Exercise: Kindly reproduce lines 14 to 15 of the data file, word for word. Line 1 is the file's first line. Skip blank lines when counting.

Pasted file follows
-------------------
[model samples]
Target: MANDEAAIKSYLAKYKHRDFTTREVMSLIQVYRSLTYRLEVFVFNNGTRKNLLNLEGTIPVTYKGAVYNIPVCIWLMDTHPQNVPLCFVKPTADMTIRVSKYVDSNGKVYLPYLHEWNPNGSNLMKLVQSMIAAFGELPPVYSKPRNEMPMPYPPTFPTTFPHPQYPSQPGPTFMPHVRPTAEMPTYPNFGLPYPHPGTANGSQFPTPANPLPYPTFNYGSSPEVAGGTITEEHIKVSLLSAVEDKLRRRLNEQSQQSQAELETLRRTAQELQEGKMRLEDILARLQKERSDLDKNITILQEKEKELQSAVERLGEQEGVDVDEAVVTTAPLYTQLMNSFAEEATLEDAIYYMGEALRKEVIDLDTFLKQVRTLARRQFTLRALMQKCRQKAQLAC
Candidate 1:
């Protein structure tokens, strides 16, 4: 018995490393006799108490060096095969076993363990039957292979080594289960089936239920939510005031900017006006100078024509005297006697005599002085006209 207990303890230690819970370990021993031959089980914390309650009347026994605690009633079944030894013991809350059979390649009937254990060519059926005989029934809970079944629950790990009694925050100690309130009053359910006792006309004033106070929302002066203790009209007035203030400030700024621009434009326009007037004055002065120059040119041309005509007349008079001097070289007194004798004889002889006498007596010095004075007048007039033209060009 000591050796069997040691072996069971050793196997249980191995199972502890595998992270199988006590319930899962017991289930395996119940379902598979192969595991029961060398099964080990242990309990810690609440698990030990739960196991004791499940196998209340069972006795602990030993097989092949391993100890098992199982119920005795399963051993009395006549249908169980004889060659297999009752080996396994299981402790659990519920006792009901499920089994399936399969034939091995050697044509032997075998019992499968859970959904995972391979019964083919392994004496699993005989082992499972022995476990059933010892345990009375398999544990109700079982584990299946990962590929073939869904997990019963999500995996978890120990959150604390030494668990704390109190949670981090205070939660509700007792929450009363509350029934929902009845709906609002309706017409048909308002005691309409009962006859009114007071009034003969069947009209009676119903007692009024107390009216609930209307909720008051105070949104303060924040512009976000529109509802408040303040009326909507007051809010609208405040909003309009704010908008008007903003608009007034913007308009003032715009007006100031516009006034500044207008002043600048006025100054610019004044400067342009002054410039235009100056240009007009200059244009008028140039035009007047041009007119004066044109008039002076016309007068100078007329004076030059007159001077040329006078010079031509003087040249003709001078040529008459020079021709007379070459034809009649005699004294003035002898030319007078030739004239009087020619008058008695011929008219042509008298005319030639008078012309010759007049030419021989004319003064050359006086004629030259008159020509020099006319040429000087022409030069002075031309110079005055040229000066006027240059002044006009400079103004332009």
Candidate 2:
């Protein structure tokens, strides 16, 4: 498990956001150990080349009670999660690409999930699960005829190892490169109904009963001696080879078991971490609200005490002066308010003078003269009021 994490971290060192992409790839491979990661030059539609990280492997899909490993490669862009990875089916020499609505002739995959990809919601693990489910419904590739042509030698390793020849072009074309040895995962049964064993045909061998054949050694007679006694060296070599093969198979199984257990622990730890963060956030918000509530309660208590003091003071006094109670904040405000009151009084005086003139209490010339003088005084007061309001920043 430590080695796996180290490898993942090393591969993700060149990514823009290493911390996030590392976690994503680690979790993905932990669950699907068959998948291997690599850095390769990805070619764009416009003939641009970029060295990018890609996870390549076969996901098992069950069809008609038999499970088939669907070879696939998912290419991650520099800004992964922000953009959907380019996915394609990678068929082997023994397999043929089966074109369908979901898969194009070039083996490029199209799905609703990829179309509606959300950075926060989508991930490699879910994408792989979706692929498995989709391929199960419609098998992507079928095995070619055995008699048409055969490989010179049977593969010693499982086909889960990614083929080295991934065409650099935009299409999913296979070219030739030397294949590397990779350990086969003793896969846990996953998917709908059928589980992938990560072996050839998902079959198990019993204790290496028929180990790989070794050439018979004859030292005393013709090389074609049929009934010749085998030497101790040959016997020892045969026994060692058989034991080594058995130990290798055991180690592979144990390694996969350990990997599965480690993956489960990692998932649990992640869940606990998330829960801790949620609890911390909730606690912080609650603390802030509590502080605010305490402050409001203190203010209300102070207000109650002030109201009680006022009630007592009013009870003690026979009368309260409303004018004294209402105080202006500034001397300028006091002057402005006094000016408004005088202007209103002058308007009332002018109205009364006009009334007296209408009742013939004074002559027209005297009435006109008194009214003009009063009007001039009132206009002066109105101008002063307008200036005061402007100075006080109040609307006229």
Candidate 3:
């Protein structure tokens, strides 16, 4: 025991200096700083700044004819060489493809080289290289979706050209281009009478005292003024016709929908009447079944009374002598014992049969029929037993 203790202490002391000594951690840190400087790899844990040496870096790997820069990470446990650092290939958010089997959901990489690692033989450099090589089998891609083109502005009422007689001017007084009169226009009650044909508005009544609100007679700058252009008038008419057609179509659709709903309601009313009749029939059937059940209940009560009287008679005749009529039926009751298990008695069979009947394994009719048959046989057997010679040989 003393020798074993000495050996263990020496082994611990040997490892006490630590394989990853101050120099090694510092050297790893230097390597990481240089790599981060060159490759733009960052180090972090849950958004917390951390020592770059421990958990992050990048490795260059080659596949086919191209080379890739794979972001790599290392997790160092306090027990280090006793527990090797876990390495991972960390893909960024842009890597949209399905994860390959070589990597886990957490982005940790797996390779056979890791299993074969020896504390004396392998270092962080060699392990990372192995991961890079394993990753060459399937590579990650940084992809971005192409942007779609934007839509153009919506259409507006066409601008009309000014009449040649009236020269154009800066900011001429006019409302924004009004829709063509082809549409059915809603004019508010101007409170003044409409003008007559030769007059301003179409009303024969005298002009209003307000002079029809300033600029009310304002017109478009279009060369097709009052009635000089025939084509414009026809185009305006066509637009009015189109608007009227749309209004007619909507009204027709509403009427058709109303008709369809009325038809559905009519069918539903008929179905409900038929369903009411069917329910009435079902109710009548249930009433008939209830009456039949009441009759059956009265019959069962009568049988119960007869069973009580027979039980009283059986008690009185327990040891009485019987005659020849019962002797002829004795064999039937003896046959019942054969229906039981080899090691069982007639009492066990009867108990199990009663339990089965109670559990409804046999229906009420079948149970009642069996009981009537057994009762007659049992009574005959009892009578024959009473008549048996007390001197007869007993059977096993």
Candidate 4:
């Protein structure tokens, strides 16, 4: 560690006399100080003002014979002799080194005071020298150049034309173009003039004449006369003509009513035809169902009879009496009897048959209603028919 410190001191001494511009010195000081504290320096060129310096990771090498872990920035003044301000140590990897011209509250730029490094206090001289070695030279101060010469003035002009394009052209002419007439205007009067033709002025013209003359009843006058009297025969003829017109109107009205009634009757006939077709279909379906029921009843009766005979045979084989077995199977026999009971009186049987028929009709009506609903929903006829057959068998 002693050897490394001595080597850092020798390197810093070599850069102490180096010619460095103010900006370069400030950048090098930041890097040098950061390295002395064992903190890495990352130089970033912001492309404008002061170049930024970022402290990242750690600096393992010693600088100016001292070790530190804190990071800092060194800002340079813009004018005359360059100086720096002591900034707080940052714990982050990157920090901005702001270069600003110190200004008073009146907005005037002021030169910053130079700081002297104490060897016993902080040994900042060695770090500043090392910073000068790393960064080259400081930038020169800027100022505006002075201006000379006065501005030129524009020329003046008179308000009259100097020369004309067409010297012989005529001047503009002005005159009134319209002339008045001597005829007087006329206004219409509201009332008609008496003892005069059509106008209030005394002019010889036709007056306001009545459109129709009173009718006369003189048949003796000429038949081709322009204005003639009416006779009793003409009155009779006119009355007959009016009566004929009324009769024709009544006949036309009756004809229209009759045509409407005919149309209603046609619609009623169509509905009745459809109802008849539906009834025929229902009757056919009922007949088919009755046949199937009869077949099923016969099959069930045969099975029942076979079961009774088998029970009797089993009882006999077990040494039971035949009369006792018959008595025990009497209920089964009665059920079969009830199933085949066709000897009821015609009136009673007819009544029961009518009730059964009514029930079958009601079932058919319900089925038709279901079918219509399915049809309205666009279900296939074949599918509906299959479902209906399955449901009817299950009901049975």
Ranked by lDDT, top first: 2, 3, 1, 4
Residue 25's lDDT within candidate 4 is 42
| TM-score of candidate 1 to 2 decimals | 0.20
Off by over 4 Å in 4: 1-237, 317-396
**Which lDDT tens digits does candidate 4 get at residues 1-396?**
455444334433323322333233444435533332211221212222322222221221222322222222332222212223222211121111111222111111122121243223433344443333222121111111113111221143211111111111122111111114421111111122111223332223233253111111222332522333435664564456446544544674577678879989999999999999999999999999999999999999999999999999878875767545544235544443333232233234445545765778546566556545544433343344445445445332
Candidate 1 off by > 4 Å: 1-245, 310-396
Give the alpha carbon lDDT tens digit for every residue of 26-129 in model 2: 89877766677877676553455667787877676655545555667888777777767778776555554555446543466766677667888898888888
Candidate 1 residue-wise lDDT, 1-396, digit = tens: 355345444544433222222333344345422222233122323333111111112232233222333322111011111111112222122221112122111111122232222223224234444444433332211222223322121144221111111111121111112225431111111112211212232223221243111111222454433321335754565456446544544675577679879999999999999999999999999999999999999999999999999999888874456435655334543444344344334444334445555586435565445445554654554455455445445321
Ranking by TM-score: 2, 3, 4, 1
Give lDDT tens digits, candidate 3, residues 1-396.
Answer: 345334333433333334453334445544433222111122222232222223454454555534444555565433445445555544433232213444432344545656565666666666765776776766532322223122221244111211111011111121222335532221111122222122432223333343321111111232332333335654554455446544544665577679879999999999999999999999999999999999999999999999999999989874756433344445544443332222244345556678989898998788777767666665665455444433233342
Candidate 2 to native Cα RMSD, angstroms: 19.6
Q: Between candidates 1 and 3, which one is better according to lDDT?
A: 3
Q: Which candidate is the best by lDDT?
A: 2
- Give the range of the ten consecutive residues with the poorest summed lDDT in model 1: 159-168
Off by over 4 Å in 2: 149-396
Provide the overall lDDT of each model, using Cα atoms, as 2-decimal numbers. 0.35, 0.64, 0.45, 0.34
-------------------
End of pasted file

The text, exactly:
Off by over 4 Å in 4: 1-237, 317-396
**Which lDDT tens digits does candidate 4 get at residues 1-396?**